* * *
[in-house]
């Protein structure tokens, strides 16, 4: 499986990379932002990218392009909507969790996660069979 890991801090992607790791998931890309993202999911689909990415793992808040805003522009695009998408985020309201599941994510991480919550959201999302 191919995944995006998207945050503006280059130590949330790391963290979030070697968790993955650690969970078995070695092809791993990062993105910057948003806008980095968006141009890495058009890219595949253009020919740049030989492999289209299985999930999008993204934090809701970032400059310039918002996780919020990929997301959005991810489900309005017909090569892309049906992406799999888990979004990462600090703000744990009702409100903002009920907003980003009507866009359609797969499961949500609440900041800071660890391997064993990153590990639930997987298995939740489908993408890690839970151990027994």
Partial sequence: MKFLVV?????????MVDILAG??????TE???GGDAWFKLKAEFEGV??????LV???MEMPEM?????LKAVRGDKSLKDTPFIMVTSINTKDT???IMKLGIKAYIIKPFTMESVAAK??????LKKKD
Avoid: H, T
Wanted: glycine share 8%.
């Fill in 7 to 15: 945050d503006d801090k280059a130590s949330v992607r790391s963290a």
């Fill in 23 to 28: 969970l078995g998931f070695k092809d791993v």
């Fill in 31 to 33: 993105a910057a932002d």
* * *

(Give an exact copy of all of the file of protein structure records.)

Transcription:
[in-house]
């Protein structure tokens, strides 16, 4: 499986990379932002990218392009909507969790996660069979 890991801090992607790791998931890309993202999911689909990415793992808040805003522009695009998408985020309201599941994510991480919550959201999302 191919995944995006998207945050503006280059130590949330790391963290979030070697968790993955650690969970078995070695092809791993990062993105910057948003806008980095968006141009890495058009890219595949253009020919740049030989492999289209299985999930999008993204934090809701970032400059310039918002996780919020990929997301959005991810489900309005017909090569892309049906992406799999888990979004990462600090703000744990009702409100903002009920907003980003009507866009359609797969499961949500609440900041800071660890391997064993990153590990639930997987298995939740489908993408890690839970151990027994």
Partial sequence: MKFLVV?????????MVDILAG??????TE???GGDAWFKLKAEFEGV??????LV???MEMPEM?????LKAVRGDKSLKDTPFIMVTSINTKDT???IMKLGIKAYIIKPFTMESVAAK??????LKKKD
Avoid: H, T
Wanted: glycine share 8%.
């Fill in 7 to 15: 945050d503006d801090k280059a130590s949330v992607r790391s963290a």
């Fill in 23 to 28: 969970l078995g998931f070695k092809d791993v």
């Fill in 31 to 33: 993105a910057a932002d």